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A Mirror Mended: Alix E. Harrow’s Fractured Fairytales Series Remains Delightful

Books Reviews Alix E. Harrow
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<i>A Mirror Mended</i>: Alix E. Harrow&#8217;s Fractured Fairytales Series Remains Delightful

Fairytale retellings are all the rage right now, but at this point, there are so many new versions of Beauty and the Beast and Cinderella that it can feel difficult to know where to start. Enter Alix E. Harrow. Author of such richly textured stories as Ten Thousand Doors of January and The Once and Future Witches, Harrow has already proven herself a deft and thoughtful storyteller with an easy grasp on blending times and timelines to create something multi-layered and magical.

Her “Fractured Fairytales” series of novellas are basically hyper-distilled versions of everything that makes her writing great: full of rich character arcs and entertaining pop-culture references, all perfectly sized to be devoured in a single sitting. Fast-paced, snarky, and utterly charming, Harrow’s series of feminist retellings are an all-around breath of fresh air, a sort of fairytale version of Into the Spiderverse that acknowledges various forms of the original stories alongside their subsequent more modern or familiar versions.

A Spindle Splintered reimagined the tale of Sleeping Beauty as a story of empowerment and collaboration which gave the original’s often passive princess the agency she so often lacks. A Mirror Mended offers a similar treatment to the story of Snow White, focusing on that tale’s Evil Queen, a woman, it should be noted who doesn’t even get a name of her own in the original version.

Picking up five years after the events of A Spindle Splintered, we find Zinnia Gray, former Sleeping Beauty stand-in turned damsel rescuer who’s been steadily jumping through different versions of her own tale to free the eponymous princesses from the destinies of eternal slumber and enforced marriage. But at the end of her most recent rescue, she’s pulled into what is essentially a fairytale multiverse, crossing over into a different tale entirely: “Snow White”, where she learns she has been essentially kidnapped by a villain in search of her own happy ending.

Zinnia knows how this story is supposed to end—how all fairytales are meant to end for the largely nameless Big Bads who drive their heroines’ narratives forward. But the Evil Queen, whom Zinnia dubs Eva for the ease of simply having something to call her, has other ideas and very much doesn’t want to dance herself to death in hot iron shoes, fall off a cliff, or live forever in ugliness and misery. (Which is how her tale ends in several of the more popular versions of Snow White.)

As Zinnia tries to plot her escape back to her own story—and ignore how attractive she finds Eva—she attempts to teach the Evil Queen about such concepts as narrative agency and what it means to truly be the protagonist of your own story. (Lessons which, unsurprisingly, Zinnia herself is still growing into her understanding of on her own journey, in which she has repeatedly pushed off making firm choices about her own future.)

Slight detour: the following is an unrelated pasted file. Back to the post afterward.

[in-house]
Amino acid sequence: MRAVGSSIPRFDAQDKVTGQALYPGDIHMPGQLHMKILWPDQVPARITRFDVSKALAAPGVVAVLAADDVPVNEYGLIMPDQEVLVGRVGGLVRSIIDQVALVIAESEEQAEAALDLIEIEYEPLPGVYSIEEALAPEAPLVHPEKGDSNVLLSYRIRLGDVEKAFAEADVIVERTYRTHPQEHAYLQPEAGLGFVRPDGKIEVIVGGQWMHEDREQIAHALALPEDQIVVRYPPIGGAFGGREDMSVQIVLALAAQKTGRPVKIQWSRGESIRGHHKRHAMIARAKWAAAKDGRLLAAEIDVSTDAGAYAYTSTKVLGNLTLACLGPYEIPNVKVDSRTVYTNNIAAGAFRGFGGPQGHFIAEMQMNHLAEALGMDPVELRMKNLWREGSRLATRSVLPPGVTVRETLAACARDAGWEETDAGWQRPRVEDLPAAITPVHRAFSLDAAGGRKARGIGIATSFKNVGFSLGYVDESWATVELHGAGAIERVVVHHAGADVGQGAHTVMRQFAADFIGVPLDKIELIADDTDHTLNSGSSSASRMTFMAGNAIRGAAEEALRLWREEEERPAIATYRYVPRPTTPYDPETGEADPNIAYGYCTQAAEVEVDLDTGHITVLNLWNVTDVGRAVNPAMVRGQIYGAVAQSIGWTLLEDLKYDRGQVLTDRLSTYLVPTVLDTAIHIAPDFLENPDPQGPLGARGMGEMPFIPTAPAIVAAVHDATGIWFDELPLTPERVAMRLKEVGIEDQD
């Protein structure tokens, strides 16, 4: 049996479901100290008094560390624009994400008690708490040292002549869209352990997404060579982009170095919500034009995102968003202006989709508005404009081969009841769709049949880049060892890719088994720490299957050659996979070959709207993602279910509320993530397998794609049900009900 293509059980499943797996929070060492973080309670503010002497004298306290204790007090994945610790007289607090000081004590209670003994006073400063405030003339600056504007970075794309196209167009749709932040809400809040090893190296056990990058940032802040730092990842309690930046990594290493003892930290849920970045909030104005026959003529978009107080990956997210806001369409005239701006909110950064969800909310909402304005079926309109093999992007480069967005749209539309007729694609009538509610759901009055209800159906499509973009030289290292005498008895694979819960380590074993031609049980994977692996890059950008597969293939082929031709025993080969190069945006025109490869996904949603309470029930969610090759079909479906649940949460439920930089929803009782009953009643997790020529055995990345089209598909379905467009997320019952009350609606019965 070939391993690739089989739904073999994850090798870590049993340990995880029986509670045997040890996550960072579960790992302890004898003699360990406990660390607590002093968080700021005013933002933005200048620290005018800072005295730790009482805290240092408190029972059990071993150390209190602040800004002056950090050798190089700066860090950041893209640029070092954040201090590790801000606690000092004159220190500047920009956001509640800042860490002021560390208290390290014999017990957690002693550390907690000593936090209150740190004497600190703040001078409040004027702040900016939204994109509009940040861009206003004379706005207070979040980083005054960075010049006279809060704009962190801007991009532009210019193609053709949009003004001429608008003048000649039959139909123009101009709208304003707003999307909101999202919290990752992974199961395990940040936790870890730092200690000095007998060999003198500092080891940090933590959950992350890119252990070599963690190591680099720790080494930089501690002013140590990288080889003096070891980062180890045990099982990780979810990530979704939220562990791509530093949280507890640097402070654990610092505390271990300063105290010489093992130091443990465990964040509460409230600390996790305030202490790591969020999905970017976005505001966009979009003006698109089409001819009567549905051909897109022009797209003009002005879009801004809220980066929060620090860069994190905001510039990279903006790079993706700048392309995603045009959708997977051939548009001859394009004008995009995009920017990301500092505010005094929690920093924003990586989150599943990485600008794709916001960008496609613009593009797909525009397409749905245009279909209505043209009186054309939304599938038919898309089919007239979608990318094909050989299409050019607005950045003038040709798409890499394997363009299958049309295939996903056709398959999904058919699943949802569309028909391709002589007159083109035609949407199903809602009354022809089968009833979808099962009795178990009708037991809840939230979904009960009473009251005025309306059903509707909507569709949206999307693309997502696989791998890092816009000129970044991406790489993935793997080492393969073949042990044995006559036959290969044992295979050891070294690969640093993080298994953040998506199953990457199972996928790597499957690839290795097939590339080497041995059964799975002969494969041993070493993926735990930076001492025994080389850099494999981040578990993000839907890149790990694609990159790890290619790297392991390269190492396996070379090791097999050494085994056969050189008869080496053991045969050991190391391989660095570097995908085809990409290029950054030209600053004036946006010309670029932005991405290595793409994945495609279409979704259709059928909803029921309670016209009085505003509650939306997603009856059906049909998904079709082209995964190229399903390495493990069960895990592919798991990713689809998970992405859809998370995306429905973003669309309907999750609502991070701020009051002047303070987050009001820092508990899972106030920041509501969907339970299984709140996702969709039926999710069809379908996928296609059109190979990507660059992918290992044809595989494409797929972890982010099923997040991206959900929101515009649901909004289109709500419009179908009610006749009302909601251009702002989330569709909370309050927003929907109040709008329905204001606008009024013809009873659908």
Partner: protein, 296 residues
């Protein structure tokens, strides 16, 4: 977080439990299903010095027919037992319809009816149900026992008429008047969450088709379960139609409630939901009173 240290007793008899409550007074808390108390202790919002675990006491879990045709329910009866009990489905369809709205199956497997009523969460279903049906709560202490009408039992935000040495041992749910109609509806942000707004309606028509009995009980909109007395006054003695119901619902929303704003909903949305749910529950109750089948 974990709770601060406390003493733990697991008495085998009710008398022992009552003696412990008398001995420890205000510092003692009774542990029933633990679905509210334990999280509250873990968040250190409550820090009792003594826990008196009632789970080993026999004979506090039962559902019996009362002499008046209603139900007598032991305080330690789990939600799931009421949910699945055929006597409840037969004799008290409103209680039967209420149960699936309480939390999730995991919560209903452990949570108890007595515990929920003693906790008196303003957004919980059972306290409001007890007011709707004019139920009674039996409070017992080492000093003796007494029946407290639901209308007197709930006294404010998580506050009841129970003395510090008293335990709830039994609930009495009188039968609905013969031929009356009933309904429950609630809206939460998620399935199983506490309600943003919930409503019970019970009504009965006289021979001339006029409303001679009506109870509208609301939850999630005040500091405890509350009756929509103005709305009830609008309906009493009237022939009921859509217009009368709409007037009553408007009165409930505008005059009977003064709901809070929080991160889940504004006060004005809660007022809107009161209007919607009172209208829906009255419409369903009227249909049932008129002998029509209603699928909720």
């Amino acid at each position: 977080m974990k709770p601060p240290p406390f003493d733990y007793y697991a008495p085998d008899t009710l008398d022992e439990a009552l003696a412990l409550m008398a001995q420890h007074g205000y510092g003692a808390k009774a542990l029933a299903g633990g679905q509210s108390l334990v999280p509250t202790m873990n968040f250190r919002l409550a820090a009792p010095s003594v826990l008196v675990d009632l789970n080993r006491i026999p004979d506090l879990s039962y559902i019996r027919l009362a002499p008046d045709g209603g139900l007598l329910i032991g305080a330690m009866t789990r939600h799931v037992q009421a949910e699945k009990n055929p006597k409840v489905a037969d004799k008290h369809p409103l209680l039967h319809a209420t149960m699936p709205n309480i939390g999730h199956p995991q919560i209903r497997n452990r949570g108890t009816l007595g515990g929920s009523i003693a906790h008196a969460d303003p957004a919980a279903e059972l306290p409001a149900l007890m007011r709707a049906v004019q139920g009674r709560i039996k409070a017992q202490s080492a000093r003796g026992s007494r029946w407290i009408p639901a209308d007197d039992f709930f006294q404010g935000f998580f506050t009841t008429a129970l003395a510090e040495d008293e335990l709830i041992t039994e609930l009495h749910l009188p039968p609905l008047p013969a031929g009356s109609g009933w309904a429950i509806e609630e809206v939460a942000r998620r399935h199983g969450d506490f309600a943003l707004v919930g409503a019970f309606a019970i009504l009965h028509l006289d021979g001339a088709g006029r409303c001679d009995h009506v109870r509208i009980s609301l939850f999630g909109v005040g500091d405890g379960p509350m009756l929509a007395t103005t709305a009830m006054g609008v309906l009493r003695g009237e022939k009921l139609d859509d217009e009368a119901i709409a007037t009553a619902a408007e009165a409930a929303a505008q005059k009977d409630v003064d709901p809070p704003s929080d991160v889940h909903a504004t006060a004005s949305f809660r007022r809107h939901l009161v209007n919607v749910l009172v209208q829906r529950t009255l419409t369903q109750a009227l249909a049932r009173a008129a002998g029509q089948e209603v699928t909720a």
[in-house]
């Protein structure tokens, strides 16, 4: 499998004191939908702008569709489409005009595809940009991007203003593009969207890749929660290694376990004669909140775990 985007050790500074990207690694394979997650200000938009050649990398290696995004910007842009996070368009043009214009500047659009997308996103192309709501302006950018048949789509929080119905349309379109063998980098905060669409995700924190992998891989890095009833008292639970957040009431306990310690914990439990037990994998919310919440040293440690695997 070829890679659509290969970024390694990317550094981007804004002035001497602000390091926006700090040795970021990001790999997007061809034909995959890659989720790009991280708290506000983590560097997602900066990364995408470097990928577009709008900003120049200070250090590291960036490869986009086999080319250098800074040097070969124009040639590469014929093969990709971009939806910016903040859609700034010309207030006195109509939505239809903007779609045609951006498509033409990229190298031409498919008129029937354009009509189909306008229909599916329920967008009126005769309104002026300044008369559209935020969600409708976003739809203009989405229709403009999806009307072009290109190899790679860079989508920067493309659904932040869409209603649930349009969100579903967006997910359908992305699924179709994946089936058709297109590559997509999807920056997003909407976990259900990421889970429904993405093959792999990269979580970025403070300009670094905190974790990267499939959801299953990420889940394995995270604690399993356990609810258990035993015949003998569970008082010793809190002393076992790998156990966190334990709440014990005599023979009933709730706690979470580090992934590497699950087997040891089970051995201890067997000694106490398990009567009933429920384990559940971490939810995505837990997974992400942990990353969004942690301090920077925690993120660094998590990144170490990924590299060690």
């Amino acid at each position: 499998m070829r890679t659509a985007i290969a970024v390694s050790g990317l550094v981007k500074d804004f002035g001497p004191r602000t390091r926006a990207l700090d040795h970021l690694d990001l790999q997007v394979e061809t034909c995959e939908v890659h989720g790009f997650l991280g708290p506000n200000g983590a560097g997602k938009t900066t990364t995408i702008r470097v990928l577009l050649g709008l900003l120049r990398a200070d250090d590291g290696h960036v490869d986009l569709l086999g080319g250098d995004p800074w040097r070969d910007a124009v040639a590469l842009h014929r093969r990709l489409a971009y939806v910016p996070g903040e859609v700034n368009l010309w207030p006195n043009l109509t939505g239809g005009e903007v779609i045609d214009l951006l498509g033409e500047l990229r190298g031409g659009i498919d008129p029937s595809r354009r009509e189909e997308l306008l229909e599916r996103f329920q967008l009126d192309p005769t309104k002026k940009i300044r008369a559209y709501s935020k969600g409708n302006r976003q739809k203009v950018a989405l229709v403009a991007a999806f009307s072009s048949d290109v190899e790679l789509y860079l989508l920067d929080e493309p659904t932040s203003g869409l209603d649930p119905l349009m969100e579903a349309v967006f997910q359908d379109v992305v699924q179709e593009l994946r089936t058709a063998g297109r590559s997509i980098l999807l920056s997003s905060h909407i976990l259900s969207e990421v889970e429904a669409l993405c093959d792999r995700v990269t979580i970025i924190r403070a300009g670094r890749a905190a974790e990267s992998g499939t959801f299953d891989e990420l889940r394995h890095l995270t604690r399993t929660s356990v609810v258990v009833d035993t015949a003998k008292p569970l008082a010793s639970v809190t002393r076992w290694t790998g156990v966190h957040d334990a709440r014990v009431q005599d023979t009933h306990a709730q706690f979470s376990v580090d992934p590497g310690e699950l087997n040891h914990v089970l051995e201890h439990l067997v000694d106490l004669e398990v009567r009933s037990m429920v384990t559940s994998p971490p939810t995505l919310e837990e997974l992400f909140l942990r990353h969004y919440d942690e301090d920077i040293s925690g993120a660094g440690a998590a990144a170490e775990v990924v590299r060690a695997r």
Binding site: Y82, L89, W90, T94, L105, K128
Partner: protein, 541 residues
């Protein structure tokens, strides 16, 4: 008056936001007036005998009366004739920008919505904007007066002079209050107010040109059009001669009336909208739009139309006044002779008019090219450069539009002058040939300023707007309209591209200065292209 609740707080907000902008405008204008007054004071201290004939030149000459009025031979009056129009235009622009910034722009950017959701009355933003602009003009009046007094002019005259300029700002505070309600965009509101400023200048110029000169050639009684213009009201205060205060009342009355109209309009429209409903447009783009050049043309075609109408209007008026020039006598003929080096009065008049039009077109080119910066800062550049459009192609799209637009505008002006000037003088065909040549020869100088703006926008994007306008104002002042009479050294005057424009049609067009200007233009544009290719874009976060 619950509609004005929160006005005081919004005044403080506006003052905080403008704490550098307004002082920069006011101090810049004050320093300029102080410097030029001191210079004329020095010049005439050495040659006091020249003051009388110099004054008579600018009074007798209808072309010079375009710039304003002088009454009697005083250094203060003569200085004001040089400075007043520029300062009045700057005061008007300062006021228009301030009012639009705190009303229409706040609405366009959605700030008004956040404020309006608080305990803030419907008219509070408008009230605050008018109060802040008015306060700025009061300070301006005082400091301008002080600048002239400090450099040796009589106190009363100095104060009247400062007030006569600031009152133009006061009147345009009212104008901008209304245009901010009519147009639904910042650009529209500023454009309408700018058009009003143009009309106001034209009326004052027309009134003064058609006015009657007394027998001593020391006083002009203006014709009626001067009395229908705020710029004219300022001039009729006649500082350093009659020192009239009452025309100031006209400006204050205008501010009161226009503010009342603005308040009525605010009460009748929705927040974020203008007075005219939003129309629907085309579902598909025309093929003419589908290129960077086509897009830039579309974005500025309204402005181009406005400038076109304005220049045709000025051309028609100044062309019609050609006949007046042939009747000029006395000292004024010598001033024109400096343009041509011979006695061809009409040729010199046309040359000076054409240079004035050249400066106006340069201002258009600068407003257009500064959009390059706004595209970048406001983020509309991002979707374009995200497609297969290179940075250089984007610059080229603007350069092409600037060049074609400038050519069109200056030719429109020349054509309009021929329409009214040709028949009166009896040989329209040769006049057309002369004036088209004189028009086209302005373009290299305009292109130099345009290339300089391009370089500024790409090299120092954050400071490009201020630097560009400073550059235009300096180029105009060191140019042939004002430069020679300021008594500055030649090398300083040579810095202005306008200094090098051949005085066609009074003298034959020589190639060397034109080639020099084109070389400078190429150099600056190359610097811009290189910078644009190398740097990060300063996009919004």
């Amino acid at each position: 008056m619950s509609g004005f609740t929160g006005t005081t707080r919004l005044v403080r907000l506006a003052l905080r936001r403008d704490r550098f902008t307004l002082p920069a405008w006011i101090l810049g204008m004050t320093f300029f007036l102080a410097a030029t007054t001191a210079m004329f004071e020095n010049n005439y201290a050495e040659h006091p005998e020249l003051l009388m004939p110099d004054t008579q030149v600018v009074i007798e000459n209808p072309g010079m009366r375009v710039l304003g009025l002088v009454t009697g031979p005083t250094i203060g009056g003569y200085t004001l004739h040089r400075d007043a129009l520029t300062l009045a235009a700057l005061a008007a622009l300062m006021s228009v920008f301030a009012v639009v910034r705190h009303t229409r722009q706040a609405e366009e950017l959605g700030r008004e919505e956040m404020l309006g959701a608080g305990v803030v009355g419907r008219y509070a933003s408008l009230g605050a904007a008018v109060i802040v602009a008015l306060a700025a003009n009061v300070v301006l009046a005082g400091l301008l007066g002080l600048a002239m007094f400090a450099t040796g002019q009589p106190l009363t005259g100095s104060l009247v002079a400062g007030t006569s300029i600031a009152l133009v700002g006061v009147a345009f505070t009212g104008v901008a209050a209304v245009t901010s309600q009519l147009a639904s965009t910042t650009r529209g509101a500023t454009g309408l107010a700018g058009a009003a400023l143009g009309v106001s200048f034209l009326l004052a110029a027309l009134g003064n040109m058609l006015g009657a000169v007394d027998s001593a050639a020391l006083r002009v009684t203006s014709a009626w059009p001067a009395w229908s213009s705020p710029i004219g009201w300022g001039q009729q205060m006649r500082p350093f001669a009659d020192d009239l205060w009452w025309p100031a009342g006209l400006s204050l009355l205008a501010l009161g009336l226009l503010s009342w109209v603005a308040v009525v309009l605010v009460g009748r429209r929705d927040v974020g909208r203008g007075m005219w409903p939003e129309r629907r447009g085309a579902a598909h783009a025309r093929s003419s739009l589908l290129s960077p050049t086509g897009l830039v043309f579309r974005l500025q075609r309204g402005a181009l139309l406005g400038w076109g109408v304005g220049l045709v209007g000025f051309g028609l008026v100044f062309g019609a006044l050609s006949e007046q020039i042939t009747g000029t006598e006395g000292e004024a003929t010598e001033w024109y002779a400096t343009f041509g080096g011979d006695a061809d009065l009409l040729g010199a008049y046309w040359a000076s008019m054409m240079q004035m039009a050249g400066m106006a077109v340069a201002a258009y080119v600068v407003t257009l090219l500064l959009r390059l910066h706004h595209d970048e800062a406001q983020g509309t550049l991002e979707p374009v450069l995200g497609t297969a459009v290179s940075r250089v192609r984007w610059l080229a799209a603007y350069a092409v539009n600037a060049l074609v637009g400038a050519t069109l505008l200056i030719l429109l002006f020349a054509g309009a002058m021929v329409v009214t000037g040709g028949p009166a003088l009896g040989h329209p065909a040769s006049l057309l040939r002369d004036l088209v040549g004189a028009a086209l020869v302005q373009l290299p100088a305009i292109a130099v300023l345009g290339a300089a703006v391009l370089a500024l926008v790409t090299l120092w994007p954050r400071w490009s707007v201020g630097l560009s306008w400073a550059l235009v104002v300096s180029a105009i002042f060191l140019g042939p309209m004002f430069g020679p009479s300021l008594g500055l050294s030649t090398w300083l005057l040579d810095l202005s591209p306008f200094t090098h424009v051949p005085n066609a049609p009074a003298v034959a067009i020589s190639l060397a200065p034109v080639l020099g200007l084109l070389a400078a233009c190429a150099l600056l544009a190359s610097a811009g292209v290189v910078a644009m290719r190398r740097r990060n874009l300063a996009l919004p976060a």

Harrow deftly uses Zinnia’s knowledge of folklore and anthropology to illuminate the many uncomfortable, patriarchal, and even downright creepy aspects of traditional fairytales that we’ve all basically been conditioned to accept as necessary parts of the stories they’re telling. (One of my favorite examples of this is the revelation that the iconic phrase “happily ever after” ??was originally “happily in the ever after,” which adds a much more uncomfortable—and possibly even sinister— sheen to its meaning.)

The chemistry between Zinnia and Eva is surprisingly charming and the relationship between the two evolves in interesting and unexpected ways throughout their journey together. And while the story’s ending has the bittersweet feel of many of the original classic Grimms’ tales asks both Zinnia as a heroine and us as readers to reevaluate our definitions of what happy endings are in the first place. Is it better to settle for safety or choose your own fate, even if it’s perhaps not the ending your imagined for yourself when your story began?

A Mirror Mended itself feels like an ending, in a way—Zinnia returns home, changed, and a different version of the girl she was, as all good fairytales must conclude. But there are plenty of other stories to explore out there in the wide fairytale multiverse, so here’s hoping Harrow revisits this series again in the future.

A Mirror Mended is available now.



Lacy Baugher Milas is the Books Editor at Paste Magazine, but loves nerding out about all sorts of pop culture. You can find her on Twitter @LacyMB.